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How to successfully run a technical community?

Years ago I discovered a world around technical communities, people like me who love technology, learn and share the knowledge they have and gain. 

I approached different communities when I was living abroad, but it was when I came back to Spain when I got much more involved with all kind of technical communities. I founded the first .NET user group in the Balearic Islands, I was country leader at INETA and Culminis, and I also volunteered as EMEA Regional Lead for the Microsoft User Group Support Services, this one became www.technicalcommunity.com.

All this allowed me to meet lot of people from who to learn and share my passion: technology.

Now, thanks to my current role at Microsoft, I keep meeting lot of people who is passionate and energic and that are part of these communities, some of them meet the communities for the first time. That’s probably the reason why I get asked very often: “how can I run a technical community?”

Each community has a different personality, so there isn’t a magic recipe to run a community, neither a single way to do it. This post tries to show you the usual conversation that happens when someone ask me the question, it is written in a way that you can see some tips based on my own experience and the experience of some successful communities I have the luck to work with.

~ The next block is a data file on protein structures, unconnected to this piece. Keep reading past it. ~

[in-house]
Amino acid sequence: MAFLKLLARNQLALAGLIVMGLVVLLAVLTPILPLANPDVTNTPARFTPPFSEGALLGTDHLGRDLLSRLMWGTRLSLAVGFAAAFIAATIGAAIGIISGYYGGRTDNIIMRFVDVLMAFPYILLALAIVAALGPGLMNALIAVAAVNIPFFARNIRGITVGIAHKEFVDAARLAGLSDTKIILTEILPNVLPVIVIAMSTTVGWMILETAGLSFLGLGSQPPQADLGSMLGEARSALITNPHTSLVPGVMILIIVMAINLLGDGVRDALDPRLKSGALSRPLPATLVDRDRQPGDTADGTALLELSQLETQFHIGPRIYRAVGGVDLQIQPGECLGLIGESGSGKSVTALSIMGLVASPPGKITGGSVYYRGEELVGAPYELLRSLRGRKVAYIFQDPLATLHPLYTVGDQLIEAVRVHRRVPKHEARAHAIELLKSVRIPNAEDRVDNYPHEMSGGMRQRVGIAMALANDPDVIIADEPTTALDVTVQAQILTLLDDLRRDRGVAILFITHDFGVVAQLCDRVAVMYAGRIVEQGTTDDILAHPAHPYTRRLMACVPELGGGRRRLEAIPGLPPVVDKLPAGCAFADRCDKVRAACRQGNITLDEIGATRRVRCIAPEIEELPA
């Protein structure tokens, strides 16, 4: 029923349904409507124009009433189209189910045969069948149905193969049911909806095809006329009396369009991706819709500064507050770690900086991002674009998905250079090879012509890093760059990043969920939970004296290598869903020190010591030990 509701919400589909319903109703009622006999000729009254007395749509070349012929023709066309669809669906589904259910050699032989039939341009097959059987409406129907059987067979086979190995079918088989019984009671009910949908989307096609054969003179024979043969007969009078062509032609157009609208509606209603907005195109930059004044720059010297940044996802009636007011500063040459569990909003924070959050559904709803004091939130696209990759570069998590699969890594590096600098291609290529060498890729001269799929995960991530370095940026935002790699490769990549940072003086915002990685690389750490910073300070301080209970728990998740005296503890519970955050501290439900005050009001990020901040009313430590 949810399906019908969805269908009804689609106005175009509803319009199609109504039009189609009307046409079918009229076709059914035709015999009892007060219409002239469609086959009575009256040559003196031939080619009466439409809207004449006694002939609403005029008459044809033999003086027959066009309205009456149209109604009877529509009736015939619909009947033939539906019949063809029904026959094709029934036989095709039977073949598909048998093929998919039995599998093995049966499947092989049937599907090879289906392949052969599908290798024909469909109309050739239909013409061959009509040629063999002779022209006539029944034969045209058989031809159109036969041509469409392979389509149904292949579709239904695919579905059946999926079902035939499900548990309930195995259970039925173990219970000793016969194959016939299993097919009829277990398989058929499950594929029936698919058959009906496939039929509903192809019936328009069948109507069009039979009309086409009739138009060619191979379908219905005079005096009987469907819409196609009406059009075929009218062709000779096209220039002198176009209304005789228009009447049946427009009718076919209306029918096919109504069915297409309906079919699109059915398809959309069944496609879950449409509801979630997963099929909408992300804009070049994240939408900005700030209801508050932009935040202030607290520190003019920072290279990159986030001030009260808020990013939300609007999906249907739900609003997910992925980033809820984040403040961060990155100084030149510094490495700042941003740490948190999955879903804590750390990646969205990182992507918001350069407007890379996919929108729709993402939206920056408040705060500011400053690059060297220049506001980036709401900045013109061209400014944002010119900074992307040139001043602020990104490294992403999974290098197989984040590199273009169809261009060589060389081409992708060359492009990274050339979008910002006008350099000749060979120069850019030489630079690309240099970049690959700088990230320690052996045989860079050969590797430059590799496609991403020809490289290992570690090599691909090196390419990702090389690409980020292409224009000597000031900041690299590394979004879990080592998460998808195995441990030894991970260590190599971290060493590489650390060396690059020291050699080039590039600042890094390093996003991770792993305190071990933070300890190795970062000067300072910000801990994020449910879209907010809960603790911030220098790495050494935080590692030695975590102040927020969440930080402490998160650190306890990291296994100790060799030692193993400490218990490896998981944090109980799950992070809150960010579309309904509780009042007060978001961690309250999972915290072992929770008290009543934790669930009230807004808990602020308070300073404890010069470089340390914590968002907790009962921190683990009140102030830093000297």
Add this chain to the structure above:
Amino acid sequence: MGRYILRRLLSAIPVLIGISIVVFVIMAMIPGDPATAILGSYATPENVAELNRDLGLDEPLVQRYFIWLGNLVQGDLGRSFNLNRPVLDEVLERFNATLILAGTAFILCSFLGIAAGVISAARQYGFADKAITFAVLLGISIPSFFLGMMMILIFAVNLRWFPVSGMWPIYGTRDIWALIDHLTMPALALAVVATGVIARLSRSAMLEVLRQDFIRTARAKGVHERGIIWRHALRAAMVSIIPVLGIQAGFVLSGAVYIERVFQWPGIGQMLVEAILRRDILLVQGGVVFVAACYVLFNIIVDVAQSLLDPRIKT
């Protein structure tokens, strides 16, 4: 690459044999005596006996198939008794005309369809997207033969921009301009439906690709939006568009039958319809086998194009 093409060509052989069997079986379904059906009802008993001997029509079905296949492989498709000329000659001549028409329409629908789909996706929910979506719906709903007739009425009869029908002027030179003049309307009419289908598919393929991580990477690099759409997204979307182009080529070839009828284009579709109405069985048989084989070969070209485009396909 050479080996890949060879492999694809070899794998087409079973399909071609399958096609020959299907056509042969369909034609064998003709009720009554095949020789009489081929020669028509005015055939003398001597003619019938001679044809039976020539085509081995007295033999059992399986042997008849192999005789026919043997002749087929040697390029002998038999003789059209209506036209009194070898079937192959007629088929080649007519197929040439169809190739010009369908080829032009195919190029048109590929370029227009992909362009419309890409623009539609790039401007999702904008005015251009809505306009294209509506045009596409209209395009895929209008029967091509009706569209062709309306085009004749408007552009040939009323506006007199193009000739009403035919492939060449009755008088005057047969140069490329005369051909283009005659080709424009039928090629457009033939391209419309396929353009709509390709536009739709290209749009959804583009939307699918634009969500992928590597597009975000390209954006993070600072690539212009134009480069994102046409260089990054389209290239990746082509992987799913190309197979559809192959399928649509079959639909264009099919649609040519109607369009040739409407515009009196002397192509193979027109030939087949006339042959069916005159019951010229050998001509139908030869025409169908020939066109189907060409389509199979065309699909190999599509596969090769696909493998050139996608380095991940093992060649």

Geek: I would like to start up a technical communities and do some meetup’s. How can I start?

I: Have you really thought about it? Running a community takes more time than it seems. Do you have more people to start or will you do it alone?

Geek: We are already three and my friends will help me with it.

I: Great, the community starts with two people willing to do things. Maybe you can start setting up a mechanism to communicate all the activities you do. I like to have a website and an account on your favourite social network, so you can announce what you do, publish photos of your meetups, etc. You can see some examples of the websites that different Spanish communities have created:

Geek: Lovely, we will start immediately building a website, with a gallery, a calendar and so on. Can you suggest me where can I host it?